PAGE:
There is some strong evidence to suggest that metformin can help to delay or prevent the onset of type 2 diabetes in people that are at risk of developing it, and doctors may prescribe it to patients that they think might benefit from it, but that aren’t yet classed as diabetic. Using metformin in a preventative way may help to stop the development of type-2 diabetes before other treatments are needed, such as insulin.

In addition to this, metformin is often prescribed to females that suffer with polycystic ovary syndrome (PCOS), as it has been shown to help relieve some of the symptoms associated with the condition. Whilst not all women with PCOS need to take metformin, some are often prescribed it by their own doctor, as it shares some of the symptoms of type 2 diabetes such as insulin resistance, and is a risk factor for developing it if it is left untreated.

If you think metformin could help you, but you haven’t been diagnosed with type 2 diabetes or PCOS, you should make an appointment with your own GP to discuss whether it would benefit you to add metformin to your treatments.

Metformin weight loss

Metformin may help some people to lose weight whilst taking it, but this isn’t guaranteed. It’s important to know that metformin isn’t a weight loss medication, and shouldn’t be taken for the sole purpose of losing weight. However, some patients that take metformin have found that their body weight has decreased – something which diabetes.co.uk attributes to the fact that metformin may help to lower appetite in some people that take it.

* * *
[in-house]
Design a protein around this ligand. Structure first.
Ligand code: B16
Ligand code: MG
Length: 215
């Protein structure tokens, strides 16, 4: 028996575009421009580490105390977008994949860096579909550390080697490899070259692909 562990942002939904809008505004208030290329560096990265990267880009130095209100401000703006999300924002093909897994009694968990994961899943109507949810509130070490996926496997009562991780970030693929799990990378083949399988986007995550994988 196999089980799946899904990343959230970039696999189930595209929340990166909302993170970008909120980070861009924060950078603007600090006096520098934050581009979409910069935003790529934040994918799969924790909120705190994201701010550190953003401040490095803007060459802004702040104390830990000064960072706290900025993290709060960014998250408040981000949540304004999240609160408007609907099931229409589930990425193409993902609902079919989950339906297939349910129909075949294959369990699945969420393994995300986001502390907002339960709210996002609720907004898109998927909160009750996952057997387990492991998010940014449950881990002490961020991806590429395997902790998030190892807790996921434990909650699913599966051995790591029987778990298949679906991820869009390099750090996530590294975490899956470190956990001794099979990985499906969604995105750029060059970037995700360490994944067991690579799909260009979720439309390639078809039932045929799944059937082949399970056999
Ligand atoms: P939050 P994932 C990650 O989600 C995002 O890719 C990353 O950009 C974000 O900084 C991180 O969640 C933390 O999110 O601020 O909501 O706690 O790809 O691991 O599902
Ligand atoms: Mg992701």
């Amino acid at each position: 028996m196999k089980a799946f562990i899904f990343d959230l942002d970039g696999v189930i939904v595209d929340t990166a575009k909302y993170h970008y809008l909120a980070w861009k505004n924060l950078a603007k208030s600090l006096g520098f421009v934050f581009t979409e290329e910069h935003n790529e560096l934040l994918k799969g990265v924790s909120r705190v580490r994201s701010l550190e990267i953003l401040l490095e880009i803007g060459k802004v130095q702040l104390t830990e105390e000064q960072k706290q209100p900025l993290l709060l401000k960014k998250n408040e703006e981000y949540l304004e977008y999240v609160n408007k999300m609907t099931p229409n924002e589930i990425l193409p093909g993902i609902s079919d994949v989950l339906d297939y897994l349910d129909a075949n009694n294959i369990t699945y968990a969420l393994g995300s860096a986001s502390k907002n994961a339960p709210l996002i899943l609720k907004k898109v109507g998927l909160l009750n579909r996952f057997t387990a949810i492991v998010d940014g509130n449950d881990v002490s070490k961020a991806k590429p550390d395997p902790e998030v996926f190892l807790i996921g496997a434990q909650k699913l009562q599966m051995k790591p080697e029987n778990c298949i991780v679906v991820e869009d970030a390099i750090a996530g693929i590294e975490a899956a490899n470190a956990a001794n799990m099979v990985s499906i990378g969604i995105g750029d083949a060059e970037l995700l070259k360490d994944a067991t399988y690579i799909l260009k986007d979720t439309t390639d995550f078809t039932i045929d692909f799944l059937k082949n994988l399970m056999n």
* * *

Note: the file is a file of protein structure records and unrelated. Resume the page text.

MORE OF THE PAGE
Many people that are diagnosed with type 2 diabetes are overweight, and weight loss has been proven to reduce some of the symptoms and complications associated with the condition, sometimes resulting in remission for some patients, but you shouldn’t rely on metformin to do this for you, as it may not work. However, if you follow a healthy diet and lifestyle whilst taking metformin, you’re more likely to lose weight than someone who eats a diet rich in sugars, fats and carbohydrates.

If you’re struggling to lose weight despite following a healthy lifestyle and taking metformin, it might be worth discussing weight loss treatments with your own GP, as options may be available that are suitable for you.

Metformin side effects

On the whole, metformin is a well-tolerated medication that has incredible benefits for patients that take it, but it’s important to remember that despite the fact that many people are able to take it without any problems, it is still a prescription medication that has the potential to cause side effects in some people.

The metformin side effects that are outlined in the patient information leaflet include:

Nausea
Vomiting
Diarrhoea
Abdominal pain
Loss of appetite
Change in taste
Lactic acidosis
low vitamin B12 levels
Abnormalities in liver function
Hepatitis
Skin reactions
Hives and itching